Life, land and labour at Yayno (AD 400-800), a Recuay fort in the north highlands of Peru
Author(s): George Lau
This presentation examines the domain of work as part of the social life of fortified settlements. In particular, it is interested in the gargantuan commitment – physical and symbolic – evidenced in defensive architecture. Using data from Yayno, a large mountaintop citadel in the north highlands of Peru (Recuay culture, AD 200-700), work estimates are presented to demonstrate the great labour expenditure in its stonemasonry constructions. Builders combined massive stone blocks (local granites, imported limestones) to construct fortifications and defensible, multistorey residential compounds. The buildings ranged from small to monumental, and from low quality to extremely fine quality construction. The variability is attributable to changing construction styles by phase, defensive strategy, differential labour access and social inequalities. The paper concludes that making walls was indispensable work in the high Andes, both in terms of sheer effort and in terms of embodying group cooperation at different scales. While the compounds cloistered internal groups (segregating competing factions within Yayno), there was also a larger project of protecting the overall settlement that demanded intersubjective work, but located in a greater notion of collectivity. Aptly, then, the labour of defensive walls was to build subjects and community.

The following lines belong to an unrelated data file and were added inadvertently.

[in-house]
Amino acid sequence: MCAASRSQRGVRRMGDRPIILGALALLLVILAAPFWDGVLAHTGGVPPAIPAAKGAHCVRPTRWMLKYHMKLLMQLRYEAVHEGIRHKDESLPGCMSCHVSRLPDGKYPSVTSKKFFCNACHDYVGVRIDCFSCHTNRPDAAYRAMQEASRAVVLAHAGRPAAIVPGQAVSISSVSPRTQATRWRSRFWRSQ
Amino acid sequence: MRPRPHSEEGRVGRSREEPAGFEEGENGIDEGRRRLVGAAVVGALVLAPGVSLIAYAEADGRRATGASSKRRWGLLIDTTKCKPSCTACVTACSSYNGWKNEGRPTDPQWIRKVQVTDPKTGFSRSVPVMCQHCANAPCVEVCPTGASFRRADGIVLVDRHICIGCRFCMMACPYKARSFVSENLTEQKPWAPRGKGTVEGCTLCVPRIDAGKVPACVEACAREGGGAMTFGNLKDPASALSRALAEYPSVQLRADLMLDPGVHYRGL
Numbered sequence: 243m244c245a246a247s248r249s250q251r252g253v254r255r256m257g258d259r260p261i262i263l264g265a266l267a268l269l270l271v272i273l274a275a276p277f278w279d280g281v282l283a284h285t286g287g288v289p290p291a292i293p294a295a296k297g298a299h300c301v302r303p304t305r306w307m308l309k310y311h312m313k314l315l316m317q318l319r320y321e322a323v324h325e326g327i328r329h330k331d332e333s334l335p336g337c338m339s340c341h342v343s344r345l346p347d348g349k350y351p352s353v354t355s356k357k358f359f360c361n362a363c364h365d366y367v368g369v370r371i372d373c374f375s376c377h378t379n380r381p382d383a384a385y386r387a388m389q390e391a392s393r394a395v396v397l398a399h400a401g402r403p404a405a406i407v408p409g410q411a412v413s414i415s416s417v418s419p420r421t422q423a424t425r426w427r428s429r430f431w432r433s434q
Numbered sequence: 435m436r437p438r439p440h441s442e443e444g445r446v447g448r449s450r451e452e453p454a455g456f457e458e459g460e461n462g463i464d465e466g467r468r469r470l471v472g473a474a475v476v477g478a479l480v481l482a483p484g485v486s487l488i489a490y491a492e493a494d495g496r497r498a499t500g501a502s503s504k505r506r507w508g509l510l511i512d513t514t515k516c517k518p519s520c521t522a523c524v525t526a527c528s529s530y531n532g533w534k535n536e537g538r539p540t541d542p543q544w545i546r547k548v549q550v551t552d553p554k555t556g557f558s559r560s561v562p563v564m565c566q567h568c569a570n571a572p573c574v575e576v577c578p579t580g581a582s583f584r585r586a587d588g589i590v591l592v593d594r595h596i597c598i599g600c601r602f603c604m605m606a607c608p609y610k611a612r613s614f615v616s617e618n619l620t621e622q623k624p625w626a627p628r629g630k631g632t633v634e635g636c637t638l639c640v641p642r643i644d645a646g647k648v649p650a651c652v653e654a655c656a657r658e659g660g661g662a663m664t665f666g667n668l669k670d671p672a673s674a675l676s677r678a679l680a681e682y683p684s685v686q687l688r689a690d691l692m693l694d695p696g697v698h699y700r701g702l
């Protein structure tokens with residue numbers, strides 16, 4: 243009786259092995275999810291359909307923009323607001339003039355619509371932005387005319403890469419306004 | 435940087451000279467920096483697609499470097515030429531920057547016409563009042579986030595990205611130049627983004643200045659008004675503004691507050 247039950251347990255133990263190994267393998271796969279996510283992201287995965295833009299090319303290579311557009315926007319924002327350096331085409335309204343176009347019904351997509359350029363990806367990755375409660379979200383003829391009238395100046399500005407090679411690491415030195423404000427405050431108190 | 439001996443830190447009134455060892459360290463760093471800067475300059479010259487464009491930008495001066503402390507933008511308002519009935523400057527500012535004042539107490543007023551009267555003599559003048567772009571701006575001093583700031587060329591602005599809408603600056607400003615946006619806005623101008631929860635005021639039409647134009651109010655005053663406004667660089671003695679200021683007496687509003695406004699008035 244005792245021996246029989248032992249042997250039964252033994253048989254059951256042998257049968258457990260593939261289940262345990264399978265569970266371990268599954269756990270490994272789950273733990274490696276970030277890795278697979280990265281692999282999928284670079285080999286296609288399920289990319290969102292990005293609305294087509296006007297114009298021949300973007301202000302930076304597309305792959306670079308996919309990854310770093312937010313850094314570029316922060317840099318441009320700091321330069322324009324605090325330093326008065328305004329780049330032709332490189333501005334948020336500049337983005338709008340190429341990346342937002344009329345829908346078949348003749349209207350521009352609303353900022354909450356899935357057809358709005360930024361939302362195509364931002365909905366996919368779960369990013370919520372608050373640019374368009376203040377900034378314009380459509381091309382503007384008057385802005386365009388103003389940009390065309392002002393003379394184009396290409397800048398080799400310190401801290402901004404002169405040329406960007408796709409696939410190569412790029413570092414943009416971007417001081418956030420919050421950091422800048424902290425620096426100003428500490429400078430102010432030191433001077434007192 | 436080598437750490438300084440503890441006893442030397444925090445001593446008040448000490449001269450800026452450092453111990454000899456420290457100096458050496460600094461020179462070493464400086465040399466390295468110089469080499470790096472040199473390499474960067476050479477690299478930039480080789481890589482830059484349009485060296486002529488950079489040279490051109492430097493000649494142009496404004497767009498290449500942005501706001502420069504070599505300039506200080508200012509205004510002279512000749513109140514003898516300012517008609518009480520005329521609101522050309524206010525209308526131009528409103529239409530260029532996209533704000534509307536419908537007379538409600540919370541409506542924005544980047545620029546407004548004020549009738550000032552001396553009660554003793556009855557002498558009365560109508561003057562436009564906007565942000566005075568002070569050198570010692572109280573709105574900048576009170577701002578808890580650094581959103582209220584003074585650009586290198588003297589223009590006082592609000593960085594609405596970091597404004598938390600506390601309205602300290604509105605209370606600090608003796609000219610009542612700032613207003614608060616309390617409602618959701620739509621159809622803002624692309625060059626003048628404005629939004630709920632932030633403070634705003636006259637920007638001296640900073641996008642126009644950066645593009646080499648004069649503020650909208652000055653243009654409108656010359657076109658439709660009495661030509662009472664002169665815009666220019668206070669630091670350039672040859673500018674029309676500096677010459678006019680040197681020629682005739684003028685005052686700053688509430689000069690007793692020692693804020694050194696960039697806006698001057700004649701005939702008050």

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This Resource is Part of the Following Collections
- Society for American Archaeology 80th Annual Meeting, San Francisco, CA (2015) •
- The social lives of forts: Reconsidering the social construction of ancient fortified settlements and their diverse roles in political organization
Cite this Record
Life, land and labour at Yayno (AD 400-800), a Recuay fort in the north highlands of Peru. George Lau. Presented at The 80th Annual Meeting of the Society for American Archaeology, San Francisco, California. 2015 ( tDAR id: 396199)
min long: -93.691; min lat: -56.945 ; max long: -31.113; max lat: 18.48 ;